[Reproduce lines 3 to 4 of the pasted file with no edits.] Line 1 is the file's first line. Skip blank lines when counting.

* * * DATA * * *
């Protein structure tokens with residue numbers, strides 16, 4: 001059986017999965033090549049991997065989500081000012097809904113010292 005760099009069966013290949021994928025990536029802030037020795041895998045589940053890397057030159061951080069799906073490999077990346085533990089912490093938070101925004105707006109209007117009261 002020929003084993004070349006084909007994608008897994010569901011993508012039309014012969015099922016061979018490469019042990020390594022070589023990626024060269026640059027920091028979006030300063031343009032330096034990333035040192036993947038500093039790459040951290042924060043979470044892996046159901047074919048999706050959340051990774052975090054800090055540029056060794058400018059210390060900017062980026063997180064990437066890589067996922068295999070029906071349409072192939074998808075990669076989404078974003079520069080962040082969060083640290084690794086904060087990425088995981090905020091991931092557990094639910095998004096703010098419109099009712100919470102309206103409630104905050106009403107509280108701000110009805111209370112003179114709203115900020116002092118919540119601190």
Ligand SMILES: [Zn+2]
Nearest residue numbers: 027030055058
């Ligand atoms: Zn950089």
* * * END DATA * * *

Nearest residue numbers: 027030055058
């Ligand atoms: Zn950089």